I know I'm just a sentimentalist, but this article on Jezebel made me all teary. The people love librarians! Heart-warming!

Sunday, April 6, 2008

sort of like a love song

On my to-do list today (along with a bunch of boring things) was "create new iPod playlist." The main motivation for this was that I thought of the best possible playlist name last week and haven't had time in front of my computer to make it. thus was born songs for boning.

Romantic, right? I thought it was the funniest thing ever, at the time, and I still do, a little. However, these are songs for boning, or about boning, for sure (well, except the corb lund one, which is nominally about horses, like every corb lund song):

all the way down - gemma hayes
soft revolution - the stills
rumors - josh ritter
just like heaven - the cure
out of this world - bush
i don't know - starsailor
maybe tonight - nicole atkins
samson - regina spektor
about a boy - patti smith
superstar - sonic youth
under the blacklight - rilo kiley
not tonight - matt sharp and maya rudolph
it's only love - heather nova
love will tear us apart - hawksley workman
limit to your love - feist
what's left of me - nick lachey
baby i - amy millan
adore adore - yoav
hotel song - regina spektor
how my heart behaves - feist
mind's eye - josh ritter
all the way down - glen hansard
especially a paint - corb lund
straight to hell - moby and heather nova
running back - emm gryner

yep, not one but two versions of all the way down. These days, that song is the one my brain is humming to itself all the time. I can't account for Nick Lachey, except he told me he wanted to be on at least ONE playlist. who am I to argue?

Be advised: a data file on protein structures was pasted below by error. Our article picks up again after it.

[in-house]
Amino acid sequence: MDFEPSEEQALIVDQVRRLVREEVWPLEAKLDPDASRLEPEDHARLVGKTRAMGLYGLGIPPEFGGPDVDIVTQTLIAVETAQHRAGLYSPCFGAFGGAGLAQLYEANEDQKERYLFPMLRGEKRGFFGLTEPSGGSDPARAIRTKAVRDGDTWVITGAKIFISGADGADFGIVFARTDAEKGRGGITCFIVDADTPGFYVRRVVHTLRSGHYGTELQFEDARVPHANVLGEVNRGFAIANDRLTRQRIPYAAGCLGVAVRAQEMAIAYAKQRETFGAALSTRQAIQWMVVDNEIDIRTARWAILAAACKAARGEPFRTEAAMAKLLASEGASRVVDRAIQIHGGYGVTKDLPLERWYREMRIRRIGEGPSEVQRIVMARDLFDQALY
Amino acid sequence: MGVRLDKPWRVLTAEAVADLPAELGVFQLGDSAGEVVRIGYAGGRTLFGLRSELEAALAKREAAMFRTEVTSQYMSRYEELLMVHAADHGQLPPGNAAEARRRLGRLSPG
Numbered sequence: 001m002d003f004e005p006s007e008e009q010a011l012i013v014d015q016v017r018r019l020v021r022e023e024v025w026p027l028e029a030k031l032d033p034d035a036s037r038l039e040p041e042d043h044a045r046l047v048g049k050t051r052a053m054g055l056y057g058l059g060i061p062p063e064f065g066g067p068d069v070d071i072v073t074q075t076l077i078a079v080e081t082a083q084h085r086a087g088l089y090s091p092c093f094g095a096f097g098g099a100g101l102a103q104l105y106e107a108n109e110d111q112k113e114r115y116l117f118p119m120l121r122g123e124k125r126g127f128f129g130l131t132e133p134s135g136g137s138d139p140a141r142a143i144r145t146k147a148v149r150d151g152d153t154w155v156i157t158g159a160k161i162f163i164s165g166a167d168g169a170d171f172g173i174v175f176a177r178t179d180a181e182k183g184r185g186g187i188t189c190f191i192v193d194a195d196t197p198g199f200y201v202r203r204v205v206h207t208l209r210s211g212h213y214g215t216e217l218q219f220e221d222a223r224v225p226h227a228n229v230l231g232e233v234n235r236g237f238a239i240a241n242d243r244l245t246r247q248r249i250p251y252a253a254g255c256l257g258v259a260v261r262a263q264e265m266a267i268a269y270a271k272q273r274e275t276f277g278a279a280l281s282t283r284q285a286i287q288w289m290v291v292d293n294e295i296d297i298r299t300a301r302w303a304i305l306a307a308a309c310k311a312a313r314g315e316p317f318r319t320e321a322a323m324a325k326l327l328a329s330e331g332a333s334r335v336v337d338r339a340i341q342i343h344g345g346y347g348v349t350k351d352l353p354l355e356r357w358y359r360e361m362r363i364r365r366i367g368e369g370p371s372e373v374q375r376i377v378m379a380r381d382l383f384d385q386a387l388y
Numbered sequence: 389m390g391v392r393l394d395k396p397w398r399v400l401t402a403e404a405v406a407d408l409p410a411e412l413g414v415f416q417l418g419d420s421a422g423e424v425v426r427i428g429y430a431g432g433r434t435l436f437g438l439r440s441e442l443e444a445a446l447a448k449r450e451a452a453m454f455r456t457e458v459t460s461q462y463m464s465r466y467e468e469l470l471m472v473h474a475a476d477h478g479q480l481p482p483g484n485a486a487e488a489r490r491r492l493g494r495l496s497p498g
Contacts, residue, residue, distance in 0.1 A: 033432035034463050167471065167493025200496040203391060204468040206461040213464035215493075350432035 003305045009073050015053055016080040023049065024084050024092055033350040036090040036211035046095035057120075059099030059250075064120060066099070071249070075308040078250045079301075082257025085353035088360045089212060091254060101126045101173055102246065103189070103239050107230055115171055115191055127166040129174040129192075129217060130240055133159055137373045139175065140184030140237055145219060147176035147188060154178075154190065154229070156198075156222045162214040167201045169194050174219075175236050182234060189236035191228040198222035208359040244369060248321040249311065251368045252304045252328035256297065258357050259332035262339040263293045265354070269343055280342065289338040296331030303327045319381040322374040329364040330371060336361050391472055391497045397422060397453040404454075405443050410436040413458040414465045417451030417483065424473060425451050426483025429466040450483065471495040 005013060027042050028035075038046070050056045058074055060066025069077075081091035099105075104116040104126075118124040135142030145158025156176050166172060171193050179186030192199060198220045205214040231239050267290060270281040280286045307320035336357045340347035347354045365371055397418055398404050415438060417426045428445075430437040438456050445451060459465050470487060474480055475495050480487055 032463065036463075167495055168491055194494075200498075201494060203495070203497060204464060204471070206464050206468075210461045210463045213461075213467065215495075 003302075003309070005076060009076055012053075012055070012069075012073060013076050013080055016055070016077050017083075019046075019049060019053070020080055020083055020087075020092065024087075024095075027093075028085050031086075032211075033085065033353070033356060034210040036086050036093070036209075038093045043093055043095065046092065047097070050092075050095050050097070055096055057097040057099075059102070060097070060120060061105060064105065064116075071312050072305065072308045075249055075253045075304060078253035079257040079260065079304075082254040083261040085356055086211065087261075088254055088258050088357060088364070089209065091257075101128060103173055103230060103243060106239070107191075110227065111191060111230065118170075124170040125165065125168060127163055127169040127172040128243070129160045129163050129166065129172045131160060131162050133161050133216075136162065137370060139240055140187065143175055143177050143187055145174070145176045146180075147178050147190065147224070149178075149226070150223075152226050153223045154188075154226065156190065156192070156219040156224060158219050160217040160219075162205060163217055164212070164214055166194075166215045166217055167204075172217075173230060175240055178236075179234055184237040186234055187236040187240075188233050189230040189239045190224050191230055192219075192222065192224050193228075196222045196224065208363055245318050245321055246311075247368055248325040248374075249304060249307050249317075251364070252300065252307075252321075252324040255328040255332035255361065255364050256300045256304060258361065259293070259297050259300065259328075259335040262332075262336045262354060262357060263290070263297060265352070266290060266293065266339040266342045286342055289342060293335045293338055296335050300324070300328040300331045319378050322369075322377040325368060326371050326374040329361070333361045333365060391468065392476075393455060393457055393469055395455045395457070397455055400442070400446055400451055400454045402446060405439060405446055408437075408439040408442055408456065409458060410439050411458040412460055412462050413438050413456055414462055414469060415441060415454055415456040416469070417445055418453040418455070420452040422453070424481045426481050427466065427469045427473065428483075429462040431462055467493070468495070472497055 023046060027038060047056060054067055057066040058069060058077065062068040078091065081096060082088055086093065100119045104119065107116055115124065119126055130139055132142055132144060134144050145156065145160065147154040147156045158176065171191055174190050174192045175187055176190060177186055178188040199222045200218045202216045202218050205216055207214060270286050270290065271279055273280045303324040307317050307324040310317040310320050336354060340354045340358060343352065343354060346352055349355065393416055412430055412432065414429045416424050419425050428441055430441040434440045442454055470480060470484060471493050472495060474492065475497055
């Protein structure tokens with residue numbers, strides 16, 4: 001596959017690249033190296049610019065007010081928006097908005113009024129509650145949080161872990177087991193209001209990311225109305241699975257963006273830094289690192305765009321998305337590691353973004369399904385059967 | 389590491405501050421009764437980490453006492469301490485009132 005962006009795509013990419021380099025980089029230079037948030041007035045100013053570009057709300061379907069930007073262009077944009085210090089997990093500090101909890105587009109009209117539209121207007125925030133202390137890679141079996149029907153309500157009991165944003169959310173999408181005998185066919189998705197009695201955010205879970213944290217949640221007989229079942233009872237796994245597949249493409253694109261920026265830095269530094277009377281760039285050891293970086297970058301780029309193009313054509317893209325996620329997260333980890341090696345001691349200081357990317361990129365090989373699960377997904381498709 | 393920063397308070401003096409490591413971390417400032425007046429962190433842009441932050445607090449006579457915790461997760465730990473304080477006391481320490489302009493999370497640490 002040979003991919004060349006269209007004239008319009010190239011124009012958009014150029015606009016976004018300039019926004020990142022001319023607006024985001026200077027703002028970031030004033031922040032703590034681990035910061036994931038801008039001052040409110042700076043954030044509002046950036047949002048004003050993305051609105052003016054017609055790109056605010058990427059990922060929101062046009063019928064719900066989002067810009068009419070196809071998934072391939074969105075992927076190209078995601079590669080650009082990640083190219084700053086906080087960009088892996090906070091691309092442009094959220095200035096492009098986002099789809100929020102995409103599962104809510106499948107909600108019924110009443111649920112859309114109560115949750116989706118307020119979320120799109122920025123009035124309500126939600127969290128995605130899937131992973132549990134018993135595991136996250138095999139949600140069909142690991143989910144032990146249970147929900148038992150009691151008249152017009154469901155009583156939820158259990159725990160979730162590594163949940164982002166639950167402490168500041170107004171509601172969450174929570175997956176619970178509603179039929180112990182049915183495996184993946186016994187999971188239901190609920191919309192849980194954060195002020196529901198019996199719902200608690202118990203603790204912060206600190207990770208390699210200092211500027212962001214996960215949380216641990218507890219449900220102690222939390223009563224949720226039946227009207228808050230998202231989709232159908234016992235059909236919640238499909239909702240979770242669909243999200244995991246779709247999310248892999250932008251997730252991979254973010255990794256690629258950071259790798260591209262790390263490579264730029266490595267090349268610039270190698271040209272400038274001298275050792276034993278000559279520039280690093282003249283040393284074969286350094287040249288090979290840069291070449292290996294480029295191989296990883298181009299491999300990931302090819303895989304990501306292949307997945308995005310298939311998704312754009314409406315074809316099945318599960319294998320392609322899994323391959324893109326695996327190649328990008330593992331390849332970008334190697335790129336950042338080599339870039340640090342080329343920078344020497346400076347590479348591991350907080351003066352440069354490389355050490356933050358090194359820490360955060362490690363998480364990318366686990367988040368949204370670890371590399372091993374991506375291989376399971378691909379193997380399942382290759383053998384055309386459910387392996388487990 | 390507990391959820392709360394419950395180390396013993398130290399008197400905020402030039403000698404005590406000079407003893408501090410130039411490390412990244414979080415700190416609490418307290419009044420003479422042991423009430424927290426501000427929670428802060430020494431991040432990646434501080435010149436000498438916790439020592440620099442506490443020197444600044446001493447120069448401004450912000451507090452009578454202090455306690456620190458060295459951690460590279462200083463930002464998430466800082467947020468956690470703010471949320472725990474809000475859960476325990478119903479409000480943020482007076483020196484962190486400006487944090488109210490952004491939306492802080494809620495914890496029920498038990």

Among the BORING things on my to-do list was laundry, but I have to note that a few weeks ago i made the mistake of washing some white things with my red bedspread and, well, it didn't end well. The Internet told me to try Rit Color Remover, so I did, and it is magic, eye-irritant powder. Everything has been restored to its natural colour. I just thought you'd be happy to know that.

Saturday, April 5, 2008

My heart grew two sizes today!

You know that part in How the Grinch Stole Christmas that goes, "and then the Grinch had an idea. A terrible, wonderful idea"? Well, I just had a terrible, wonderful idea. And it is: stove-top stuffing.

James and I are going to see Stop Loss tonight. We have accepted that it might not be good, but we're antsy for a movie, and there hasn't been much playing around here for a coon's age.* I'll let you know how it goes. I recently upgraded to zip's super-mega-6-movies-at-a-time plan and I have been awash in DVD-type movies. Actually, it's kind of like what my vision of heaven would be like. If you took the 6-movies-at-a-time deal and added puppies, coffee, and pleasant weather, that would be heaven.

* Approximate lifetime of a coon: since I went to see The Other Boleyn Girl, apparently, and that movie was neither good nor recently.

I am a real librarian now. Yep. I'm really excited. I am going to be employed for the forseeable future, and maybe even longer than that.

Thursday, April 3, 2008

I'll try to bring it to the attention of the collections department

There has been much encouraging work-related news of late, and I keep false-starting blog entries about said news, but nothing ever materializes. (I say that as if it has nothing to do with me, when in fact the opposite is true.) Plus, this keyboard at the children's library is weird and foreign, somehow. So let the following list suffice:

Things we DO have books about, I discovered today:
Chinese dragons
NBA basketball

Things we don't have books about, probably:
How you should spend the rest of your life

Tuesday, April 1, 2008

Incoming transmission

"Command, this is Unit 1, come in."
"Go ahead, Unit 1."
"Reporting that 'Bogey' is a funny word, command."
"Roger that, Unit 1."

And I don't mean metaphorically throw up

I have a job interview later today. I feel like I might throw up. Therefore, later.